But the Freedom from Religion Foundation doesn't like it. They object to the explicit biblical references in the proclamations, claiming a violation of the Preference Clause of the state constitution (its own version of the Establishment Clause).

10th Cir. Rules Against Kan., Ariz. in Voter-Registration Form Appeal

States (Arizona and Kansas) have passed laws requiring voters to show proof of citizenship in order to register to vote. Meantime, a long-standing federal law (the National Voter Registration Act, or "Motor Voter" law) says that the U.S. Election Assistance Commission has to make a universal nationwide voter registration form, and that states have to take it and like it.

Long story short: Arizona's law already made it to the Supreme Court last year, when the Court required Arizona to recognize the federal form. However, Justice Scalia also suggested that the states might be able to sue the EAC to force them to add proof-of-citizenship language to the forms.

How well did that work out? Not too well, if the Tenth Circuit's recent opinion is the last word.

SCOTUS Issues SSM Stay in Kan.: Weirder Than Flying Monkeys in Oz

Update: it turns out the stay was much ado about nothing. The stay was lifted Wednesday afternoon. More on the order, and the two sides' arguments, can be found at FindLaw's Courtside.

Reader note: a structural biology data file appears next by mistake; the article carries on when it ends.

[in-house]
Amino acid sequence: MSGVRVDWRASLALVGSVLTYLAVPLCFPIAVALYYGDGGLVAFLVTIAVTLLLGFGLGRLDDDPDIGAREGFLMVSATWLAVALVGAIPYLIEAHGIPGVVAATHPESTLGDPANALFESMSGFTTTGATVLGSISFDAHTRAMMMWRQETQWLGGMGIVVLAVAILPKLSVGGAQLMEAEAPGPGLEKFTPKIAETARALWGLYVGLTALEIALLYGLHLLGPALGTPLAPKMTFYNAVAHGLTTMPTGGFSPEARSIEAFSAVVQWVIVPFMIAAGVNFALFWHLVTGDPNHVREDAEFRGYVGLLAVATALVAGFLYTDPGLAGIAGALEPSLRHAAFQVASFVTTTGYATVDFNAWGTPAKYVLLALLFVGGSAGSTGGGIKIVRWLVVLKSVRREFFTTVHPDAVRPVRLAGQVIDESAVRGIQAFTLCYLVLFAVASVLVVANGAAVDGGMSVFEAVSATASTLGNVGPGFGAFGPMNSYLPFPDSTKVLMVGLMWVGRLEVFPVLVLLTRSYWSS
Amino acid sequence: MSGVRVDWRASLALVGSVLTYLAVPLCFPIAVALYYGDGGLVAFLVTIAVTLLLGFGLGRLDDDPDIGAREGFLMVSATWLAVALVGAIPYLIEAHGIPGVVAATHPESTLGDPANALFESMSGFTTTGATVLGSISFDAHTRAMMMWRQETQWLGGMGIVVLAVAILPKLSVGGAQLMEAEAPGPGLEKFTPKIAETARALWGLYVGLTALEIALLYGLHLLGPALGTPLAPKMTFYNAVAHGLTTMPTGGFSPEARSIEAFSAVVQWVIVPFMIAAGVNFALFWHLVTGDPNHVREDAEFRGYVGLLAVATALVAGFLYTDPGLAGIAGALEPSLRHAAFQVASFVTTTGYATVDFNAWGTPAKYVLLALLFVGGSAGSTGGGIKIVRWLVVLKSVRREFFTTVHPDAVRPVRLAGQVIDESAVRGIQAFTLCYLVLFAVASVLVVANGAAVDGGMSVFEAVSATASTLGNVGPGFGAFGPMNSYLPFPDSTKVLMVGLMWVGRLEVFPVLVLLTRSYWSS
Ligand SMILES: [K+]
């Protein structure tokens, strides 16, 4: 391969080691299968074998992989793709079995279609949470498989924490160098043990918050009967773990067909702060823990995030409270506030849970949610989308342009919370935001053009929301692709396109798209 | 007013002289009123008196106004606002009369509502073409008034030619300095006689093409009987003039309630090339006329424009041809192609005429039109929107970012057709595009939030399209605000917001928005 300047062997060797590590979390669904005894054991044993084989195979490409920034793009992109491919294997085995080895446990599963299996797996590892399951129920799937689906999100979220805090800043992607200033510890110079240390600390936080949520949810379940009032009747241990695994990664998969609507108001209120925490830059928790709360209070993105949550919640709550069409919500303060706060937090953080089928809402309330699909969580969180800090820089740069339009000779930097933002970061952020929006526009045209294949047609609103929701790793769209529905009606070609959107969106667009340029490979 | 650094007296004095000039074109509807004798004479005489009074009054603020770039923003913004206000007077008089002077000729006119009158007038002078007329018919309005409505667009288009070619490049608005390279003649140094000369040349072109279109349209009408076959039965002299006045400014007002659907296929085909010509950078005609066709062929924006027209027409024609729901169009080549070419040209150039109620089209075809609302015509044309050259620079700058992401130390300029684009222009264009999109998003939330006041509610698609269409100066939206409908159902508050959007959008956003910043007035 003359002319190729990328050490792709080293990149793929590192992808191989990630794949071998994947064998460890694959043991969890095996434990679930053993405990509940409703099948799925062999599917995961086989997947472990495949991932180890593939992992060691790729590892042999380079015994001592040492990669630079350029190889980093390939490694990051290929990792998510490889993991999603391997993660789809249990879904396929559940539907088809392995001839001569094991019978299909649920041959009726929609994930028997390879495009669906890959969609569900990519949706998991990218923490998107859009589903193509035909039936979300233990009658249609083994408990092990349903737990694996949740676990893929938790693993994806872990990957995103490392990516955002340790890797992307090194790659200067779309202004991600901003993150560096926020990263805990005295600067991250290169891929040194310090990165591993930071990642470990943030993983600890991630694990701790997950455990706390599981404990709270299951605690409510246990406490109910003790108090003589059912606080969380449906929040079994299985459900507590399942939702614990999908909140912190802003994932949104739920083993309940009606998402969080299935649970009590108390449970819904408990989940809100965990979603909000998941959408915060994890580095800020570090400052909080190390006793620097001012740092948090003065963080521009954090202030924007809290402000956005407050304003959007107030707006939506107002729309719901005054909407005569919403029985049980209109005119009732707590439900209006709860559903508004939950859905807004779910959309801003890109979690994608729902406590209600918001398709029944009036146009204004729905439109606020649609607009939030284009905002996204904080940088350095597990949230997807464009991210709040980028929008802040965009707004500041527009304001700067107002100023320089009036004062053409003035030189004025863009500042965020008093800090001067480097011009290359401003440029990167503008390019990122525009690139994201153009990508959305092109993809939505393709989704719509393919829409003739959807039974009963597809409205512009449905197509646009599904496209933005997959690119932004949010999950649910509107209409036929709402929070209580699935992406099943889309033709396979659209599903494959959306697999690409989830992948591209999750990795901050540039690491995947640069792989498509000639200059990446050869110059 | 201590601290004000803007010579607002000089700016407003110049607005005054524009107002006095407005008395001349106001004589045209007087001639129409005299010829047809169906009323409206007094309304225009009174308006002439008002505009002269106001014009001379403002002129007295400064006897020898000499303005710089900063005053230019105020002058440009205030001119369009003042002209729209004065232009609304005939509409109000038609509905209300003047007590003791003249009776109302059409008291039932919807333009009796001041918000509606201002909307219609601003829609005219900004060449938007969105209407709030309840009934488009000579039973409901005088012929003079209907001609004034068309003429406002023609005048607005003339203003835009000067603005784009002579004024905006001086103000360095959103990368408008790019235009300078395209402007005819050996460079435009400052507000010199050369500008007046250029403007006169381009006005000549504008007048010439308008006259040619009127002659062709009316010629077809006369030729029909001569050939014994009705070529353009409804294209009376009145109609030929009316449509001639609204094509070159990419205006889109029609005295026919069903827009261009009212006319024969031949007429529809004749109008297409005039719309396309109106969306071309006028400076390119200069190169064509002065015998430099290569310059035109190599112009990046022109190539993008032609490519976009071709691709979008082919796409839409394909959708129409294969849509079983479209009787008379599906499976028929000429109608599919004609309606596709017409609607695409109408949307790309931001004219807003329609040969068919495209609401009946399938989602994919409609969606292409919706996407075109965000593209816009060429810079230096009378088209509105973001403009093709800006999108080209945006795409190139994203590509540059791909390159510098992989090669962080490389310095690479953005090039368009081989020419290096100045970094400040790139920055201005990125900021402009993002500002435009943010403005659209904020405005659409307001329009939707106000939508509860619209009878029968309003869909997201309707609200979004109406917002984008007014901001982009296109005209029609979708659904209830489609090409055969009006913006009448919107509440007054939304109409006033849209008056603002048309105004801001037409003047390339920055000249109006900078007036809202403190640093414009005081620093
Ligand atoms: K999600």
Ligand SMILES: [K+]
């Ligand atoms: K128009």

Justice Sonia Sotomayor has just issued a stay blocking same-sex marriages in Kansas, right around the time a district court's ruling striking down the state's ban on gay marriages was about to take effect. The order is a surprise, considering that since the Court declined to take on gay marriage earlier this term, it has refused to issue stays in numerous other same-sex marriage appeals.

We have to imagine that the plaintiffs' lawyers feel like the witch who got crushed by Dorothy's house in Oz, as this came out of nowhere. What gives? And what else is odd about this SCOTUS stay?

Fed. Court Strikes Kan. Gay Marriage Ban While State Case Is Pending

We love being right, though to be fair, anyone with even the most rudimentary understanding of how controlling precedent works could have seen this opinion coming.

The Tenth Circuit has ruled against gay marriage. The Supreme Court didn't intervene. What's a federal district court in Kansas to do then? Make Kansas the 33rd state to have legalized gay marriage, obviously, even though a parallel state court challenge is set for oral arguments tomorrow.